By T. D. Thornton
The Apr. 9 passage of legislation in Virginia to legalize historical race gaming machines is being hailed within the state’s racing community as a major breakthrough to allow for the potential sale and eventual reopening of Colonial Downs, with live racing possibly returning as early as next year.
Colonial, which opened for Thoroughbred racing in 1997, has not hosted a race meet since 2013 after complex tangle of disagreements over race dates, purses, and simulcasting rights soured the partnership between Virginia horsemen and Jacobs Entertainment, Inc., the owner of the state’s only commercial horse track.
In the interim, the non-profit Virginia Equine Alliance (VEA) has kept both Thoroughbred and Standardbred racing alive by arranging for smaller, festival-style races to be held at non-commercial equine venues and at well-attended steeplechase events. Races for Virginia-breds have been relocated to Maryland tracks on an interim basis, and the VEA now operates several off-track-betting locations.
“We’re just starting to talk about it, but we know that there will be live racing in 2019,” Debbie Easter, the president of the VEA, said in a Tuesday phone interview.
“We’ve just been so focused on getting the bill signed and the legislation through, to tell you the truth,” Easter explained. “But as you know, the landscape has changed quite a bit in the mid-Atlantic even just since the time Colonial shut down. So I think we all have to sit down and figure out how racing’s going to look. [The passage of the bill] is a very important component, but we have to figure the best way for it to work. The planning is just now coming along. Hopefully in a few weeks we’ll know a little bit more. It’s all going to depend on how the [historical racing] regulations are written also.”
Revolutionary Racing, a Chicago-based company, has emerged over the past half year as a potential buyer of Colonial, and the company had made it clear in published reports that any deal hinged on the passage of some form of historical race gaming.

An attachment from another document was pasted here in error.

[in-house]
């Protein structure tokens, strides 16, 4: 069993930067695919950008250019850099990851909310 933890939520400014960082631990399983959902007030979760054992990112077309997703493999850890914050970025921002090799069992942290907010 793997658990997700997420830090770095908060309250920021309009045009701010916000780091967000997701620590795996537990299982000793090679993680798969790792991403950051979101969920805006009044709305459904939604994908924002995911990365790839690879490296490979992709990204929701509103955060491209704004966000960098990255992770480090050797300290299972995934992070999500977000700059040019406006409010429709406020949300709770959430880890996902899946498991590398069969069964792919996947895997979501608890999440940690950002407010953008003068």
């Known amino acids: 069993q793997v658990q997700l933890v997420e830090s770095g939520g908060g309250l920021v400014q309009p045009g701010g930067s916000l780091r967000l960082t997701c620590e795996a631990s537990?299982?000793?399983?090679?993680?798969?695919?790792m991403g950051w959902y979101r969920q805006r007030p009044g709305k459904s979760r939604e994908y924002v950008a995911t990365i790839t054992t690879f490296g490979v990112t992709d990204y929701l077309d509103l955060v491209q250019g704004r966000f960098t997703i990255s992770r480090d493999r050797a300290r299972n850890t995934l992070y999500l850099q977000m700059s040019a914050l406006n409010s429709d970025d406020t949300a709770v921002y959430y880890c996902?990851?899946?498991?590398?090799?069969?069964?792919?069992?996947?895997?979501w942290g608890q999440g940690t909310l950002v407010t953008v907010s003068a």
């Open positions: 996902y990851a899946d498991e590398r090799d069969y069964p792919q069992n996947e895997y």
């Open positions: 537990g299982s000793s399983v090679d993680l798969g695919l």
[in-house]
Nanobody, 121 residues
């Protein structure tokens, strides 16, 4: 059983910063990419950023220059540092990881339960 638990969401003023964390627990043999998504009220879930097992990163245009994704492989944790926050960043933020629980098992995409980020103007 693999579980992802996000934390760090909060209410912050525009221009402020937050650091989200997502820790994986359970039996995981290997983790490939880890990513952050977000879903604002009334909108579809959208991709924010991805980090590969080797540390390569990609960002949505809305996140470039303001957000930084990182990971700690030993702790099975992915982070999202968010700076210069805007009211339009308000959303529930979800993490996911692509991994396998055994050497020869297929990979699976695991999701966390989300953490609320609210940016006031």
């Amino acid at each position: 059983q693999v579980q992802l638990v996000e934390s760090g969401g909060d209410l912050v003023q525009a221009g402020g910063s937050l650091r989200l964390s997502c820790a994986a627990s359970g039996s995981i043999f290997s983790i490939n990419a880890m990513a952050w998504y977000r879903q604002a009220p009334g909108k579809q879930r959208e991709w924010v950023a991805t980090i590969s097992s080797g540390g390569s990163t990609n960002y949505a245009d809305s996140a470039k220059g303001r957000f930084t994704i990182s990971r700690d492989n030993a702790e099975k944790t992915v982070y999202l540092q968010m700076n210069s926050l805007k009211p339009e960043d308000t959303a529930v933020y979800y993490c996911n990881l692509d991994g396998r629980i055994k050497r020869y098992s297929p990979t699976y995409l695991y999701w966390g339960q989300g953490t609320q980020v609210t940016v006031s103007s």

Revolutionary Racing is headed by chairman Larry Lucas, an entrepreneur who formerly served as chairman of YouBet.com, and president Prentice Salter, a management services specialist who most recently led the development of a country-wide network of 63 off-track betting facilities in the Dominican Republic.
When Colonial was last scheduled to race in 2014, the Virginia Racing Commission had imposed a 25-date summer season with a purse structure of around $200,000 daily after horsemen and the track’s owners deadlocked on negotiations. But no contract was ever inked, the meet was abandoned, and each side blamed the other.
The Richmond Times-Dispatch reported on Monday that a 25-day season at Colonial was still the working number for race dates, but Easter emphasized that no such details have been negotiated yet.
“There isn’t anything mandated at all in the legislation [about race dates],” Easter said. “I just think that a prior agreement had said up to 25 days the first year, but I don’t think I can give you a good answer as to what it’s going to look like yet.”
Easter added that the return of racing at Colonial doesn’t necessarily mean the smaller Thoroughbred and Standardbred race meets around the state that the VEA advocated for will be going away.
“Personally, I think giving our folks year-round opportunities is a great thing,” Easter said. “That would fit well with all of us working together in the mid-Atlantic like we’ve been trying to do. Personally, I think that’s something that we should look at.”
Colonial’s gem of a turf course was always a big summer draw for horsemen and bettors, and Easter said she has heard that it has held up well despite the disuse.
“From what I understand, they’ve been maintaining it well. Obviously, the new folks that are buying it are going to get after it right away. But from what I’ve heard the current owners have been taking good care of it.”